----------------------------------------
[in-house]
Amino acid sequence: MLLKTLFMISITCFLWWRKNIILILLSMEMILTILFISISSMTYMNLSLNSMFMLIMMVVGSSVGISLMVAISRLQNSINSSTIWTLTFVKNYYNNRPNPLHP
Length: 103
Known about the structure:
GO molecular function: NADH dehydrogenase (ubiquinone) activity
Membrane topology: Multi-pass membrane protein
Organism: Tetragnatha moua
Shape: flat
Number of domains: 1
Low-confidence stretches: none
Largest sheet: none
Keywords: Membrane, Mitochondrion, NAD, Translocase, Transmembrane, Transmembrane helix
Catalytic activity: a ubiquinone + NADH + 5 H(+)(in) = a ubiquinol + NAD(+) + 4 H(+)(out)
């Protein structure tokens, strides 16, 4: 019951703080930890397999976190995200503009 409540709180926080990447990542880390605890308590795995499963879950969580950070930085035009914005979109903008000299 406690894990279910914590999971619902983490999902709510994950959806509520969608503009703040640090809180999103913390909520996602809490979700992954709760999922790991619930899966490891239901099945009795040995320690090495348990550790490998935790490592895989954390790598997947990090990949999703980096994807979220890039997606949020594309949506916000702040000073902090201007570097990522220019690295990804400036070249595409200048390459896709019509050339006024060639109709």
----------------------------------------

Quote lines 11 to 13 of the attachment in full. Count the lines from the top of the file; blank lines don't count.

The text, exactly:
Largest sheet: none
Keywords: Membrane, Mitochondrion, NAD, Translocase, Transmembrane, Transmembrane helix
Catalytic activity: a ubiquinone + NADH + 5 H(+)(in) = a ubiquinol + NAD(+) + 4 H(+)(out)